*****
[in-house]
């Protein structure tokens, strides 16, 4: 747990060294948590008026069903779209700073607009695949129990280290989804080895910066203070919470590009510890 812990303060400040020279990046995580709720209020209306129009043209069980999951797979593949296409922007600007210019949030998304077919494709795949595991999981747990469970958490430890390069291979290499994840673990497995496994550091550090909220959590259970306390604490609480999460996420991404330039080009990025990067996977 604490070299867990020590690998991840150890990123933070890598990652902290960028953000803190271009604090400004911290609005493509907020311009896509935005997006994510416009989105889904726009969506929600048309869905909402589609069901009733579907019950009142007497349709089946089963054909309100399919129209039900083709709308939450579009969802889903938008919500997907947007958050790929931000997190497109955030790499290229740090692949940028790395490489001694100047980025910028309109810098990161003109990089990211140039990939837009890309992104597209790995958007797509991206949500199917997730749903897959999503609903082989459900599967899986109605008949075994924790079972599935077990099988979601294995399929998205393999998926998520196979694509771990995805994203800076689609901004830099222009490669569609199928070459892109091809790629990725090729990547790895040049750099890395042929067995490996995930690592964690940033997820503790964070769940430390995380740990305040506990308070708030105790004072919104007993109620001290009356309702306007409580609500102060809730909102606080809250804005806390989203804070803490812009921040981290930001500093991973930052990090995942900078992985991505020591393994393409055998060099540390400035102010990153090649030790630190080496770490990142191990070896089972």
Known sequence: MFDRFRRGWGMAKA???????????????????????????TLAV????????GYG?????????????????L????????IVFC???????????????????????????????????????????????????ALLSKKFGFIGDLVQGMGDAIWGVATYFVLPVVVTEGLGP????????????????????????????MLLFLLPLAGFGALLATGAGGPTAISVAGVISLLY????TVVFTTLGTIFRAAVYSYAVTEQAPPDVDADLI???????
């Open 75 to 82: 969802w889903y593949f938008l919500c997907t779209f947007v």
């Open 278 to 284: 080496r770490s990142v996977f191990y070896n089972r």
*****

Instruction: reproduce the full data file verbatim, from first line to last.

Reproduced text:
[in-house]
């Protein structure tokens, strides 16, 4: 747990060294948590008026069903779209700073607009695949129990280290989804080895910066203070919470590009510890 812990303060400040020279990046995580709720209020209306129009043209069980999951797979593949296409922007600007210019949030998304077919494709795949595991999981747990469970958490430890390069291979290499994840673990497995496994550091550090909220959590259970306390604490609480999460996420991404330039080009990025990067996977 604490070299867990020590690998991840150890990123933070890598990652902290960028953000803190271009604090400004911290609005493509907020311009896509935005997006994510416009989105889904726009969506929600048309869905909402589609069901009733579907019950009142007497349709089946089963054909309100399919129209039900083709709308939450579009969802889903938008919500997907947007958050790929931000997190497109955030790499290229740090692949940028790395490489001694100047980025910028309109810098990161003109990089990211140039990939837009890309992104597209790995958007797509991206949500199917997730749903897959999503609903082989459900599967899986109605008949075994924790079972599935077990099988979601294995399929998205393999998926998520196979694509771990995805994203800076689609901004830099222009490669569609199928070459892109091809790629990725090729990547790895040049750099890395042929067995490996995930690592964690940033997820503790964070769940430390995380740990305040506990308070708030105790004072919104007993109620001290009356309702306007409580609500102060809730909102606080809250804005806390989203804070803490812009921040981290930001500093991973930052990090995942900078992985991505020591393994393409055998060099540390400035102010990153090649030790630190080496770490990142191990070896089972």
Known sequence: MFDRFRRGWGMAKA???????????????????????????TLAV????????GYG?????????????????L????????IVFC???????????????????????????????????????????????????ALLSKKFGFIGDLVQGMGDAIWGVATYFVLPVVVTEGLGP????????????????????????????MLLFLLPLAGFGALLATGAGGPTAISVAGVISLLY????TVVFTTLGTIFRAAVYSYAVTEQAPPDVDADLI???????
């Open 75 to 82: 969802w889903y593949f938008l919500c997907t779209f947007v």
């Open 278 to 284: 080496r770490s990142v996977f191990y070896n089972r």